Keynes was a Communist. He designed a system that was intended to pauperise the Capitalist bourgoisie.
Not so much, if the word "Communist" actually means anything.
Really, you only have to think of what communism actually was in those days when Lenin and Stalin were still around to see that Keynes's policy wasn't the expropriation of private enterprises and state ownership and control.
Keynes did have it in for people who lived off investments or rents, though, and supported "the euthanasia of the rentier," -- or the gradual disappearance of the "functionless investor."
It was not to be violent expropriation, but a gradual result of economic change, replacing passive collection of dividends with active investment in the economy -- at least according to Keynes (or what I've been able to find out about Keynes's thinking in five minutes).
Keynes's hostility to inherited wealth and passive investment was strange because he and his friends and associates and the colleges he worked for all benefited from investments, dividends, and inherited wealth.
posted on 01/29/2013 5:53:06 PM PST
Some things to consider:
There is no proof that Keynes was a member of the Communist party, and never, that I know of, advocated for state ownership of all private property.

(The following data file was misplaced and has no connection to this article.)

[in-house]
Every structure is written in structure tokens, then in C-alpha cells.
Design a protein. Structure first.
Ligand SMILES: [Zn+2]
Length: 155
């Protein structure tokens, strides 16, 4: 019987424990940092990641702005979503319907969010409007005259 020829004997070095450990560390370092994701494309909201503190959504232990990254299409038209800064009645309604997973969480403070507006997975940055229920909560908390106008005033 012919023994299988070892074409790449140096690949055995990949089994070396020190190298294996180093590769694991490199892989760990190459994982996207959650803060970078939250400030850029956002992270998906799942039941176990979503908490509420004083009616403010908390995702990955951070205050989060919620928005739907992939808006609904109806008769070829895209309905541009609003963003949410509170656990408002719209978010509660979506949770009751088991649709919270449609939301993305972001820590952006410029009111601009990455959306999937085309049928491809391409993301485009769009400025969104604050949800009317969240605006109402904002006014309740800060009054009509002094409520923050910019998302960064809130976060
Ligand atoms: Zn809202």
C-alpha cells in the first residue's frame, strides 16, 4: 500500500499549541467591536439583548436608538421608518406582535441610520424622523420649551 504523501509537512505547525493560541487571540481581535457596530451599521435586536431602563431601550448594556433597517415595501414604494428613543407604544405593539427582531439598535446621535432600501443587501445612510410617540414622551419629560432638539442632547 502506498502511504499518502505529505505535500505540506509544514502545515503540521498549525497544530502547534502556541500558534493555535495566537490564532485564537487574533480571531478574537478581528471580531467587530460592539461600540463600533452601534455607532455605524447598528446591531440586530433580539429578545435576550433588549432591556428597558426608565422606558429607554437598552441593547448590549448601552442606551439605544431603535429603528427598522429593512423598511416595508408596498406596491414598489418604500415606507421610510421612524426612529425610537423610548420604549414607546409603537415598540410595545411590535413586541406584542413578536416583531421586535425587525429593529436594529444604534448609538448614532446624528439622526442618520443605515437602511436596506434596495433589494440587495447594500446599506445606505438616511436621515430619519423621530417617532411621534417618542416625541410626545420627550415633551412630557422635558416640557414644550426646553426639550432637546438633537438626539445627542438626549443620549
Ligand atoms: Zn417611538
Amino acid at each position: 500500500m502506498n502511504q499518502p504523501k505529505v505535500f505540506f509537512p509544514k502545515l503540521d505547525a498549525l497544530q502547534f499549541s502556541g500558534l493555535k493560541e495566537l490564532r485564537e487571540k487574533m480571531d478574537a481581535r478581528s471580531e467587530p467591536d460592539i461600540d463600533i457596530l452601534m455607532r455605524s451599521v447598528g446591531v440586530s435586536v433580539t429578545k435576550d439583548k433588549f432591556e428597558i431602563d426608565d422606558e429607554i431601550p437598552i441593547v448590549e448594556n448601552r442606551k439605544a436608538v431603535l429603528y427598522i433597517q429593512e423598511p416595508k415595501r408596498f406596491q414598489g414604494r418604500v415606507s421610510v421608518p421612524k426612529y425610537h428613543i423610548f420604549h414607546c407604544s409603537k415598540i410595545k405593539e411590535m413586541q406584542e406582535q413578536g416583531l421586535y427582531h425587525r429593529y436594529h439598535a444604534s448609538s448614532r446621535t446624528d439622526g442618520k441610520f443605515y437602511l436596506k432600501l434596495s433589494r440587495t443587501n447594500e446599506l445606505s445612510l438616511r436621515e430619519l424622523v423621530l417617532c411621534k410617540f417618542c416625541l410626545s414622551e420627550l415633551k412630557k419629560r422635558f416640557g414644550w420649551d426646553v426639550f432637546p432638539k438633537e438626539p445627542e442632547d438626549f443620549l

Keynes did advocate for a governing body to control the world's finances. In his papers he called the members the ‘salatariat’. An educated elite of people much like himself to run an international world bank which would use a currency called the ‘Bancor’ to settle international accounts, and eventually replace the gold standards of the day.
He pushed these at Bretton Woods after WWII along with FDR's representative, Harry Dexter White, who was revealed to be a Communist agent in the Venona Files after the USSR broke up. He was certainly a Fabian Socialist as were all the members of the Bloomsbury Group to which he belonged.
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